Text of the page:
Along those lines, if there can be no new evangelization without a recovery of marriage, it's pointless to speak of Church renewal if Christians themselves refuse to be disciples, keeping Christ's commandments. After speaking as he often does of the power of Christian witness (and citing the two new Doctors as examples), he says: 
This summary of the ideal in Christian life, expressed in the call to holiness, draws us to look with humility at the fragility, even sin, of many Christians, as individuals and communities, which is a great obstacle to evangelization and to recognizing the force of God that, in faith, meets human weakness. Thus, we cannot speak about the new evangelization without a sincere desire for conversion. The best path to the new evangelization is to let ourselves be reconciled with God and with each other (cf. 2 Cor 5:20). Solemnly purified, Christians can regain a legitimate pride in their dignity as children of God, created in his image and redeemed by the precious blood of Jesus Christ, and they can experience his joy in order to share it with everyone, both near and far.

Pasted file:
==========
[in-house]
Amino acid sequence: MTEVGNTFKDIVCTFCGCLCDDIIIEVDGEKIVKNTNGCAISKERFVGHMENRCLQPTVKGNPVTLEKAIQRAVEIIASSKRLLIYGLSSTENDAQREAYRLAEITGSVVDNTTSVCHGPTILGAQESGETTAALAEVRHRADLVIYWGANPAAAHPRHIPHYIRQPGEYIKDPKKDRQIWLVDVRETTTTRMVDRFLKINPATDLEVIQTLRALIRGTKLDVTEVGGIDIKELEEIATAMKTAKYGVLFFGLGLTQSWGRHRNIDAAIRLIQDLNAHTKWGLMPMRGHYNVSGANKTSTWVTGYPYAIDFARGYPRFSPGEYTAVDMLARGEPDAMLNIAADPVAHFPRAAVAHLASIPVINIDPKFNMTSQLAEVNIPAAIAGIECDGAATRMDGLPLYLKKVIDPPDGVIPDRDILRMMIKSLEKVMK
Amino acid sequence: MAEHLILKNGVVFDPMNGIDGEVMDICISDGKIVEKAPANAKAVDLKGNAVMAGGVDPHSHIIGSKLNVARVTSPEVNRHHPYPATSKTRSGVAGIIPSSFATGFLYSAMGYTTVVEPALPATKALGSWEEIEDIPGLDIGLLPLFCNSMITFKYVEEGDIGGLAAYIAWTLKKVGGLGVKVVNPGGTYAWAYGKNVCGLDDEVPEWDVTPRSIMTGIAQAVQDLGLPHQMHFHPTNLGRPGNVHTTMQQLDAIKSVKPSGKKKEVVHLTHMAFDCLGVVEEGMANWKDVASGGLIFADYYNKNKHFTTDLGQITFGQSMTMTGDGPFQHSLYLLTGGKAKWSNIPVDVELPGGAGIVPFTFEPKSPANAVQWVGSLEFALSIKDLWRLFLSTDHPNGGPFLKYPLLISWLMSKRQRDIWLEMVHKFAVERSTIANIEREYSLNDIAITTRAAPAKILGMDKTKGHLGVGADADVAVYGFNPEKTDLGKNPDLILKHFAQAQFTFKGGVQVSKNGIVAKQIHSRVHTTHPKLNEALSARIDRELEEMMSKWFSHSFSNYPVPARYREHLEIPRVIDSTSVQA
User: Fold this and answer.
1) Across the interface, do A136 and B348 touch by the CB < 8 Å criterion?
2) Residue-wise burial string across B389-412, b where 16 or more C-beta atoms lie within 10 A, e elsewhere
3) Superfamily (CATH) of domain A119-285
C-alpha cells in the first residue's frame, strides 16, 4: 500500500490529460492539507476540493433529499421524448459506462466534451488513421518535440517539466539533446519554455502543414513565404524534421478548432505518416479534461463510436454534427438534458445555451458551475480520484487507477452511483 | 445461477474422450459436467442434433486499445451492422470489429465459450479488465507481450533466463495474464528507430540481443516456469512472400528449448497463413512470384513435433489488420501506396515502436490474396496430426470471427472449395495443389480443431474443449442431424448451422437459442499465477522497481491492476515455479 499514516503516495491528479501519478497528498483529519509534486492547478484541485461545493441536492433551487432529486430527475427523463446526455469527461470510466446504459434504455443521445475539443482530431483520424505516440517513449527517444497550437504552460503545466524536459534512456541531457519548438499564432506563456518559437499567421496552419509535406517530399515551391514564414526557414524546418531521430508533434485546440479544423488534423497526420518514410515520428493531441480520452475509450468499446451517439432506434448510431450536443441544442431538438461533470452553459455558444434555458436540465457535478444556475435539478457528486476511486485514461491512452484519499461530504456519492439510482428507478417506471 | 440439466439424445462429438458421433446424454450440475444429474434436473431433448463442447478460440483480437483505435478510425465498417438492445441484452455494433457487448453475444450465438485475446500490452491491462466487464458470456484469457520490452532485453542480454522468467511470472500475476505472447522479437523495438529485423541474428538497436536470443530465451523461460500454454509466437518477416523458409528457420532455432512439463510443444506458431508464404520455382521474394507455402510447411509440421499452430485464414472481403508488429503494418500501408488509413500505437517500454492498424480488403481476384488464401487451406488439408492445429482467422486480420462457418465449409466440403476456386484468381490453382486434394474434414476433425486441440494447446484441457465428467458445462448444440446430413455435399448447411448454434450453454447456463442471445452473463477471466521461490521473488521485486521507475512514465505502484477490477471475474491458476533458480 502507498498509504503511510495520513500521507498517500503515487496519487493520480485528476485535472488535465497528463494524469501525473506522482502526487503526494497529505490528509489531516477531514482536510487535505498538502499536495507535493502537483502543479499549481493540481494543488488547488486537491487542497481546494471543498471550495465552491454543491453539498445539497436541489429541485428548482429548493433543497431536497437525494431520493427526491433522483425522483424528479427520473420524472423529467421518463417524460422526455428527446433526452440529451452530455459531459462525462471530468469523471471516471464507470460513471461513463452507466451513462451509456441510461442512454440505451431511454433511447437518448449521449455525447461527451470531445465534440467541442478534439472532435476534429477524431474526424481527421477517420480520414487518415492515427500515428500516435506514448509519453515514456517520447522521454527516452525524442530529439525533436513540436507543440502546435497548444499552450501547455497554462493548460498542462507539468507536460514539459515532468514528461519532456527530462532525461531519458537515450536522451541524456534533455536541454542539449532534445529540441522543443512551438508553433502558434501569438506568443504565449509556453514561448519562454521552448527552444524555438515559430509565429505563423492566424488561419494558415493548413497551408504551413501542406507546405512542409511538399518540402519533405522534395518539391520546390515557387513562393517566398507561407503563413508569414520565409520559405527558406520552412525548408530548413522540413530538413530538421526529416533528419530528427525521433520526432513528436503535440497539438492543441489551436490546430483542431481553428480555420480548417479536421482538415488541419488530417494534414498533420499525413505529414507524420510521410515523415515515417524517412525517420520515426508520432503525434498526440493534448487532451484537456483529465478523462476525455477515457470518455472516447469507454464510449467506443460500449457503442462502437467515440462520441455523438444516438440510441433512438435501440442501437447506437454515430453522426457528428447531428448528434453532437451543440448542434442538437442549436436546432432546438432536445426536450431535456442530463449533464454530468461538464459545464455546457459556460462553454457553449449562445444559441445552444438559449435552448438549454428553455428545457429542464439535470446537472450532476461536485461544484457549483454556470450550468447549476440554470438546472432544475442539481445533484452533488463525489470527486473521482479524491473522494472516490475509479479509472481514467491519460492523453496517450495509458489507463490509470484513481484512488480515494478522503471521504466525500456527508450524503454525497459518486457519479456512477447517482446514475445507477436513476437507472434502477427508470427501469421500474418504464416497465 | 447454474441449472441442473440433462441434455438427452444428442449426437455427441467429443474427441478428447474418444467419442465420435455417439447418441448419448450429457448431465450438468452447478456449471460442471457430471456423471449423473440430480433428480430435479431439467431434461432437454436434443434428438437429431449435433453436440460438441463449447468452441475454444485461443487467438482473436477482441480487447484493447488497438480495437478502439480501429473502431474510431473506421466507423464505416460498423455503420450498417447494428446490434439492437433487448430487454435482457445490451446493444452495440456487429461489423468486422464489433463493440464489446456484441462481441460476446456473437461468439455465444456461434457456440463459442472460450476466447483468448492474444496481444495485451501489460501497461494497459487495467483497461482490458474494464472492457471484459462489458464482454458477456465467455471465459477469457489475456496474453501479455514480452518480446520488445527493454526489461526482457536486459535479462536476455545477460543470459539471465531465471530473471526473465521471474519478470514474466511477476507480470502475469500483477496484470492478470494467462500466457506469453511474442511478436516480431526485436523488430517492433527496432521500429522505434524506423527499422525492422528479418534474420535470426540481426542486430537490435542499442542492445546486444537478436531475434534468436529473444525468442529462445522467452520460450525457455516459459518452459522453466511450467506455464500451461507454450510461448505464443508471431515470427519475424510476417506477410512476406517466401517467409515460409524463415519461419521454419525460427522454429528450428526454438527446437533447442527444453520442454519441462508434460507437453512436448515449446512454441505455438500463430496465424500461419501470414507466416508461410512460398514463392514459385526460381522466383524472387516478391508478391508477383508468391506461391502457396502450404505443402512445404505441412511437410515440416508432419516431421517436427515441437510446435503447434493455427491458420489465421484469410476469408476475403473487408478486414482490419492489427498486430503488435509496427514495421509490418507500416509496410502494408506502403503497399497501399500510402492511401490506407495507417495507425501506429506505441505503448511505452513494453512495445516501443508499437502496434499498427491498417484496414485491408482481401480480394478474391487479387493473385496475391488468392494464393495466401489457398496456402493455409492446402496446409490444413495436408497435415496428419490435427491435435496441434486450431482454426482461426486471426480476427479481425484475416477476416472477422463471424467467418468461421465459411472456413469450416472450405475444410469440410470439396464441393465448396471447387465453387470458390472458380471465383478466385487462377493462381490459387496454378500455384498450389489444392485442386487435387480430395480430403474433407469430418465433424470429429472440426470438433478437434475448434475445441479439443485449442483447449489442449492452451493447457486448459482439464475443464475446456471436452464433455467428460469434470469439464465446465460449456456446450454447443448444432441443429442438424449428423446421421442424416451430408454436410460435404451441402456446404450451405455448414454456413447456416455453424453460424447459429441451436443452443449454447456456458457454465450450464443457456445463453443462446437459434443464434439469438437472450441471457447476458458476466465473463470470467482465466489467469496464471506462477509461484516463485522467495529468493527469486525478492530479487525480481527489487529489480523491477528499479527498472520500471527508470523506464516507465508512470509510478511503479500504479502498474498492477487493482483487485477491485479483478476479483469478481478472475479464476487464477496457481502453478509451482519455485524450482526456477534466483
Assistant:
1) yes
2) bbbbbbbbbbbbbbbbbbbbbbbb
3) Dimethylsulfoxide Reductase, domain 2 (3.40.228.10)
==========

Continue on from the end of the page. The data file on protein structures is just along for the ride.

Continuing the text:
That is lovely, but my favorite papal homily from this Fall is for the closing of the Synod, in which, drawing on St. Augustine, he uses the healing of Bartimaeus as the image of what the New Evangelization is to accomplish.  Bartimaeus was not blind from birth, but had lost his sight, and St. Augustine concludes from the fact that the Gospels tell us about his parentage that he'd come from a wealthy household and fallen not only into blindness, but into disgrace: